She was at a loss to explain this inconsistency.  Furthermore, in an internal memo originated by Ms. Hamilton in 2006, the City had specifically identified the grate at issue as being within a “bikeway,” and posing a hazard to bicyclists “because the slots of the grates are aligned parallel to the curb so that the wheel of a bicycle can easily get caught in the slots causing the bicyclist to crash.”  We argued that the City itself had identified the grate as being within the bike lane.  We also had case law on our side.  In turned out that the City’s argument was not novel.  The very same position was taken by the City of East Peoria, Illinois more than two decades earlier in Cole v. City of East Peoria, 201 Ill.App.3d 756, 559 N.E.2d 769 (3rd Dist. 1990).  In that matter a child was injured when she was riding her bicycle on the edge of a road, and the tire of her bicycle fell through a storm sewer grate with openings parallel to the edge of the road, just as in our case.  The grate at issue then was located “on the side of the road” between the curb and white stripes painted four feet from the curb. Cole,201 Ill.App.3d at 759.  The girl’s family alleged that the City had a duty to maintain the area free of such hazards and was negligent for failing to do so.  Intially, the trial court granted the defendant municipality’s dismissal motion.  However, the appellate court reversed that ruling stating:  
The necessary factual question of liability is raised here by evidence that (1) the City       ordered a white line painted a distance from the curb (four feet), indicating an intention   the area be used by others than those driving automobiles; (2) the City became aware the area was being used by many bicyclists; (3) the City became aware that at least one         person had been injured locally when a bicycle tire was caught between similar grates;     and (4) the City had become aware that the type of grates used did not meet then existing standards and replaced parallel grates when they were damaged.  Thus, evidence was       produced that the City both intended and permitted cyclists to use the four-foot strip; it    was foreseeable that the use would continue; the condition was unsafe. . .
Cole, 201 Ill.App.3d at 761-2 (emphasis added).
The similarities between the Cole case and ours could not be overlooked.  As in that case, the City of Chicago placed a single white line the the left of the curb indicating that the area was to be avoided by motor vehicles.  The City was also aware of the dangers posed to cyclists by the grate as evidenced by the findings in the 2006 memo.  For these additional reasons we urged the Court to deny the City’s request for dismissal.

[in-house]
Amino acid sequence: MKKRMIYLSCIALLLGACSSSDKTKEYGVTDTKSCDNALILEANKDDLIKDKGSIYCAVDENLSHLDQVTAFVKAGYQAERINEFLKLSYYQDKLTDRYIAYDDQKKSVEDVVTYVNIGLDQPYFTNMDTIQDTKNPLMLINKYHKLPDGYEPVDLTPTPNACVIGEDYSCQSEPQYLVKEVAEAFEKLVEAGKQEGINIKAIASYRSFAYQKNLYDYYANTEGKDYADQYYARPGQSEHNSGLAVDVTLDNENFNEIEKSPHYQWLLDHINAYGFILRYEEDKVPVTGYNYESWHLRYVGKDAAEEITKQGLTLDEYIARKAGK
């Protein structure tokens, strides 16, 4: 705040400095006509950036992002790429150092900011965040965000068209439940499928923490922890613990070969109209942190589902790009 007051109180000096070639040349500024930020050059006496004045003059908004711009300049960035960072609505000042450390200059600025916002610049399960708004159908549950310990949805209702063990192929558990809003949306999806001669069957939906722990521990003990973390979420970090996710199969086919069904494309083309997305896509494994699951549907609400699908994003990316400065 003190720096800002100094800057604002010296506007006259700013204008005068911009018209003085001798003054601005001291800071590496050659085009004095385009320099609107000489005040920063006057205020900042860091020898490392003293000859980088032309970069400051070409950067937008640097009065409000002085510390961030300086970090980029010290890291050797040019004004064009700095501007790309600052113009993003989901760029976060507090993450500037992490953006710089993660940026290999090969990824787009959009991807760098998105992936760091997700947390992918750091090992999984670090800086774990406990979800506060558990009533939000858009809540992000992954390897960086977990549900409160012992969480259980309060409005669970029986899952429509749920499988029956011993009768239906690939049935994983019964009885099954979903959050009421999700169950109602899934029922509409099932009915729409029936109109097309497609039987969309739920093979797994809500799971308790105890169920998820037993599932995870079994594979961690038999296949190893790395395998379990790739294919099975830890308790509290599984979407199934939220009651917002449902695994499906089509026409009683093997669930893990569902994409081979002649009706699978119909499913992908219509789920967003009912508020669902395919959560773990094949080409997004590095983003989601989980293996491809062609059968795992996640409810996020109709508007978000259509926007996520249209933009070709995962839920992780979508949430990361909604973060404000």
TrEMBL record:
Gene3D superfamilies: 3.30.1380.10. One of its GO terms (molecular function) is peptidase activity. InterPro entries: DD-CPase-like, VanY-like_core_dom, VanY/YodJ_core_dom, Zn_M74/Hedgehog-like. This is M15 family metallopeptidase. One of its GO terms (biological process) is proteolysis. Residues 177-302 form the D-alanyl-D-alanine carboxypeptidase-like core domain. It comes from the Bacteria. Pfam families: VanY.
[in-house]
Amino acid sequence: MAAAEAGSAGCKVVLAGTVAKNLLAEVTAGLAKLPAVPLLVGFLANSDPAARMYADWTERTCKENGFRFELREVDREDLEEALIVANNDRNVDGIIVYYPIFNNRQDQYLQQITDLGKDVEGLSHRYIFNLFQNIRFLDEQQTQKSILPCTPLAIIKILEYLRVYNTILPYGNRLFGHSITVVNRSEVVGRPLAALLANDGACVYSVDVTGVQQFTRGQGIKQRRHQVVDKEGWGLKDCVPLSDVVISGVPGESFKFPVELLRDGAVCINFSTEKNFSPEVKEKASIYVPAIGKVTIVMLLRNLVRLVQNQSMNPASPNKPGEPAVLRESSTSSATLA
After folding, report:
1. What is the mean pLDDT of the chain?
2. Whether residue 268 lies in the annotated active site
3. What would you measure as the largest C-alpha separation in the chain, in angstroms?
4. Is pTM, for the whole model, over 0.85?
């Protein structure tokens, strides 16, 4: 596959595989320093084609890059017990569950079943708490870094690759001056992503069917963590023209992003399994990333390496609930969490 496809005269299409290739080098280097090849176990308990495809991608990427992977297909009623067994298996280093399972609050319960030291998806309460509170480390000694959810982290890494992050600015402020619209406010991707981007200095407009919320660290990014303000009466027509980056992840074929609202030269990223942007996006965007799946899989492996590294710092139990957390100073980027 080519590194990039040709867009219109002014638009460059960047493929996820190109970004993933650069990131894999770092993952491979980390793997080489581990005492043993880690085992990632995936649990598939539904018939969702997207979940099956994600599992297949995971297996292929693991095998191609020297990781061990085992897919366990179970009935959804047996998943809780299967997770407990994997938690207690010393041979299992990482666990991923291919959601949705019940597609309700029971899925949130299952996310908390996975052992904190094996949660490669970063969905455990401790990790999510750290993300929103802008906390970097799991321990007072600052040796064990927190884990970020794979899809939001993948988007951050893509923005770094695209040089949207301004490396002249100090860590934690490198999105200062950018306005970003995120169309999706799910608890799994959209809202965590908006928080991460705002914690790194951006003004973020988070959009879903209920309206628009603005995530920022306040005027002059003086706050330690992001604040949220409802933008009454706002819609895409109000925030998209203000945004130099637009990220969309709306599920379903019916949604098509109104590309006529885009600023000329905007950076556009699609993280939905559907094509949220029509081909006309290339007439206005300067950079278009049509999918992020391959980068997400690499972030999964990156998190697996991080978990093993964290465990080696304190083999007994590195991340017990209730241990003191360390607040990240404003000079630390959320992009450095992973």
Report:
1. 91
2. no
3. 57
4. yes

The City’s final argument, that the grate was an “open and obvious” hazard, seemed especially cynical.  The obvious implication of the City’s position was that the crash was the bicyclist’s own fault.  He wasn’t paying attention.  We addressed this part of the City’s motion in two ways:  Firstly, the danger posed by the grate was not open and obvious.  Sure, if you looked you could see a grate. But there are thousands of grates throughout Chicago.  Most of them are not particularly dangerous for cyclists.  However, that the grate at 4738 West Lawrence had very large slots that ran parallel to the direction of bike traffic would not have been obvious to a cyclist.  Secondly, under Illinois law, even if a danger is open and obvious if a person is likely to be distracted and therefore not notice the hazard then the defendant cannot escape responsibility.  In this case, the bicyclist was indeed distracted by a car which had entered the bike lane.  For that reason he was forced to alter his course and his bicycle wheel ended up caught in the grate.

The judge ultimately agreed with our arguments and did not allow the City to avoid its responsibility to compensate our client.  We were able to reach resolution of the case, providing our client with the means to pay his outstanding medical bills and compensating him for the considerable pain and suffering he experienced.  Sadly, however, the dangerous grate remains in precisely the same condition now as it was in 2006 and 2011.  I went out to take a look at it on March 28, 2015 and snapped the following photographs:

Approaching the grate cycling west on Lawrence.

This photo demonstrates how easily a bicycle wheel
can become wedged in the grate.

The grate swallows my front wheel.

We proposed making correction of the grate a part of settlement of the case.  At first the City’s attorneys were amenable to this, but later declined to make the necessary fix.
Originally posted at City of Chicago Refuses To Fix Road Hazard It Knew About. Cyclist Is Compensated For His Injuries.